While the symptoms may be similar, having an enlarged prostate differs from having prostate cancer. Enlarged Prostate, otherwise known as benign prostatic hypertrophy (BPH) is often uncomfortable but is not a fatal disease. However, it can lead to complications, though research shows it does not lead to prostate cancer. The prognosis is good when treated, but when untreated it may lead to bladder stones, damage to the bladder, bladder and kidney failure, urinary tract infections or other medical concerns.
The prostate gland is found between the bladder and the penis so when it becomes enlarged the pressure builds and makes it difficult for the bladder to function normally. This becomes apparent during urination since the bladder stores urine that is eventually released through the urethra. The increased difficulty causes the bladder muscles to work harder than they should, making the bladder more sensitive. The increased sensitivity causes more frequent urination. In the long term, the bladder can become severely stressed and cause problems in the storage and release of urine.
What Causes Enlargement Of The Prostate?
Enlarged Prostate is prevalent in men over 40 years of age. And while there is no single reason Enlarged Prostate (BPH) occurs, it seems mainly connected to specific hormonal issues. It’s widely understood that the state of hormone production of testosterone and other androgens affects the development of Enlarged Prostate (BPH). When the prostate converts testosterone into dihydrotestosterone (DHT), additional tissues form in the area surrounding the prostate. The overproduction of androgens and increased conversion of testosterone into dihydrotestosterone (DHT) causes thickening of the tissues that line the area around the prostate.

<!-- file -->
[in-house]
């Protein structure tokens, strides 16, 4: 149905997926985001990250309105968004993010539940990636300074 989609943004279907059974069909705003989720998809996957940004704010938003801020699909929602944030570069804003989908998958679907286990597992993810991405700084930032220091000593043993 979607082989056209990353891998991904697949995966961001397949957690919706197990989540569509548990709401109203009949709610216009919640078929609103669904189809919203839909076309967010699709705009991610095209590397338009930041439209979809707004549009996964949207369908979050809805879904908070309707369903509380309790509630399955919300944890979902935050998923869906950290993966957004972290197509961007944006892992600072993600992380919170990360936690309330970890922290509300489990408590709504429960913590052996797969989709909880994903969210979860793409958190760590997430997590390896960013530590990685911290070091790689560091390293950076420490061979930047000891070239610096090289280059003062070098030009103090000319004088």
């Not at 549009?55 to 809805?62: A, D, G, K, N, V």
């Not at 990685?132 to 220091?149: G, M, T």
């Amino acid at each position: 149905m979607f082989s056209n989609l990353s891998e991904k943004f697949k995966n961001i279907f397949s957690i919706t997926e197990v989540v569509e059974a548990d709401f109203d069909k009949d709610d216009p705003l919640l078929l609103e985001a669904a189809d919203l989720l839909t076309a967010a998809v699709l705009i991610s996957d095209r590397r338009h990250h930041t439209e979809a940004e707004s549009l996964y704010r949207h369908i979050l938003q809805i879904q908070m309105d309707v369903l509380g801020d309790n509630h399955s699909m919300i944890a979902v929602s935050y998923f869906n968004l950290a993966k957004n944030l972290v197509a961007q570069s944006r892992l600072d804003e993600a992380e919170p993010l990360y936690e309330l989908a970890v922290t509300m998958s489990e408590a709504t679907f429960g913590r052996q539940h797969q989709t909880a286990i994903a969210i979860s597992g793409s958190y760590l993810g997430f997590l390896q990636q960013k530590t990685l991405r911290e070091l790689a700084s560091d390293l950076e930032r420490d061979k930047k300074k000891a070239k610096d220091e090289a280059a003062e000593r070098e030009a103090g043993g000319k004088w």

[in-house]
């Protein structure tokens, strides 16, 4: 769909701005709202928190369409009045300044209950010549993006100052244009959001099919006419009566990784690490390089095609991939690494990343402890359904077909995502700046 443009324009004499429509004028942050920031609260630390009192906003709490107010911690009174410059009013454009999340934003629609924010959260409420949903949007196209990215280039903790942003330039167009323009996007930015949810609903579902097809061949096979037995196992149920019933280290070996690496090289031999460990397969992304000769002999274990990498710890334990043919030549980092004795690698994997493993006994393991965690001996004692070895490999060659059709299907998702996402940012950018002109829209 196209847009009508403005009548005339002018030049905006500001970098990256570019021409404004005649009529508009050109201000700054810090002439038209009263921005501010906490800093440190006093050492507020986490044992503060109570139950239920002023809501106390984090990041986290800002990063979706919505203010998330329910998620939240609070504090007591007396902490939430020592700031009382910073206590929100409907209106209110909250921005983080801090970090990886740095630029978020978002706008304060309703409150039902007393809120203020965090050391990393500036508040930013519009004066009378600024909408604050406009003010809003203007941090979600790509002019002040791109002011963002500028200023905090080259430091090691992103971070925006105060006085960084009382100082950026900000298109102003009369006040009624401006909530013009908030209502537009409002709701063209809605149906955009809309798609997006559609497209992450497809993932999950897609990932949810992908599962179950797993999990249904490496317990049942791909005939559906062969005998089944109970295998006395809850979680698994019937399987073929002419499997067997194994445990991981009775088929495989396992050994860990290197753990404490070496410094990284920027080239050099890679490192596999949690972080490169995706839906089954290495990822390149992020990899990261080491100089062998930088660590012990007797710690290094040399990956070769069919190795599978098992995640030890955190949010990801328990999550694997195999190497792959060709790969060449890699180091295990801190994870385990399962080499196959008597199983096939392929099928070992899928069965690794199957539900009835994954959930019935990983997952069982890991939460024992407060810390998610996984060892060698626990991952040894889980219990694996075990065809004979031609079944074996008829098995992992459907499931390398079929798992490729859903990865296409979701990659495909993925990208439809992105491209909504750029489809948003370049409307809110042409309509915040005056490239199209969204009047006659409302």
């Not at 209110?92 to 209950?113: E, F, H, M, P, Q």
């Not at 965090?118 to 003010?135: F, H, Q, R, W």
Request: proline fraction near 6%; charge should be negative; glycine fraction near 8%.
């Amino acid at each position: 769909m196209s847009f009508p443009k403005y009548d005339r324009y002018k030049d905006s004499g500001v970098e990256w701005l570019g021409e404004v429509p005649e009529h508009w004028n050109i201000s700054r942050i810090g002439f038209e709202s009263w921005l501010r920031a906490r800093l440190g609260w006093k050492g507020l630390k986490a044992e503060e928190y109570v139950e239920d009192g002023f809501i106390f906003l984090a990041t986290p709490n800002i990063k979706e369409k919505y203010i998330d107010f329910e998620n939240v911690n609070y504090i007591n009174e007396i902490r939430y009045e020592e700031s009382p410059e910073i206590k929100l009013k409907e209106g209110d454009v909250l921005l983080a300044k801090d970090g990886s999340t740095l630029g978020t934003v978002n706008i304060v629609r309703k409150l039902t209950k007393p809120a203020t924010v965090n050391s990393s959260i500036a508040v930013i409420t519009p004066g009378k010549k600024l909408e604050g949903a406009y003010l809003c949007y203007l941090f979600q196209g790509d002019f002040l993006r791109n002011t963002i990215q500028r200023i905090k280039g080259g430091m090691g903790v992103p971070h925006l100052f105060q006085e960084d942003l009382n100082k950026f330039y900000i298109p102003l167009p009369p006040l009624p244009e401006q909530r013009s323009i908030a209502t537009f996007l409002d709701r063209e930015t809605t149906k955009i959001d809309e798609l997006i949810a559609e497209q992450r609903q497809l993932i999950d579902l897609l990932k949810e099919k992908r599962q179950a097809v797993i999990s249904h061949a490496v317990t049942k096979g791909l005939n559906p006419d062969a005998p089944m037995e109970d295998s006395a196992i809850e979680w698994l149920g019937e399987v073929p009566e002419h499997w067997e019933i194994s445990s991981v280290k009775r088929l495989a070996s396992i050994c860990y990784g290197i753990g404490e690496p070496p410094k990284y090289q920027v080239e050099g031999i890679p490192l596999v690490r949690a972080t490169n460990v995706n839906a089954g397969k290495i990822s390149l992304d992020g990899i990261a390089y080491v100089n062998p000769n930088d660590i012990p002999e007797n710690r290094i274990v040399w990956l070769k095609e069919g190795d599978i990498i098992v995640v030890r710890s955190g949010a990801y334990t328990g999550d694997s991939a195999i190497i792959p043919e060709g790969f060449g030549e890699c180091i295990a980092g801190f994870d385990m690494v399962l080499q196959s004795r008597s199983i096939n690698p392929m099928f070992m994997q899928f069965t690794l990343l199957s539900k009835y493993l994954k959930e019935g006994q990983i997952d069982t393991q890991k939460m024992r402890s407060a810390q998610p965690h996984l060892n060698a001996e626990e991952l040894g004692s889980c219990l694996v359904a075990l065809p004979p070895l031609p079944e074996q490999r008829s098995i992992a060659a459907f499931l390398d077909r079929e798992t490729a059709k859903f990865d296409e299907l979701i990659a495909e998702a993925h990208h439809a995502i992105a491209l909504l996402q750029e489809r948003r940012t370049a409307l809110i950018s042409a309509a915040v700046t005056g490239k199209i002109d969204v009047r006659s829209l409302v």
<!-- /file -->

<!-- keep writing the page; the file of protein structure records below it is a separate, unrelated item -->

Research suggests that weakening of the blood vessels associated with old age causes a decrease in blood flow which interrupts the supply of oxygen reaching the prostate. This causes the gland to become enlarged.
Diagnostic Methods For BPH
Three primary methods are used to assess the presence of Enlarged Prostate (BPH). The physician’s initial step is to do a digital rectal exam. The second is to have blood and urine tests done. And finally, a visual is gained of the urinary tract and prostate through ultrasound imaging. Taken together, they will reveal the presence of Enlarged Prostate (BPH) if it exists, and its stage of development. Through these tests, the doctor can rule out other prostate problems like infections or even prostate cancer as being the cause of the symptoms.
Modes of Treatment For BPH
The testing process gives the necessary information for diagnosis and also for eventual treatment. Treatment may be as simple as taking oral medication or it may require a surgical procedure. It is worthwhile to bring up the subject of prostate health at your next annual medical exam. But if you think you may have symptoms of Enlarge Prostate (BPH) it is all the better to book your appointment sooner. An early diagnosis is optimal when treating prostate problems, since the physician has more choices for treatment, and early detection ensures that it remains a more readily treatable, minor issue.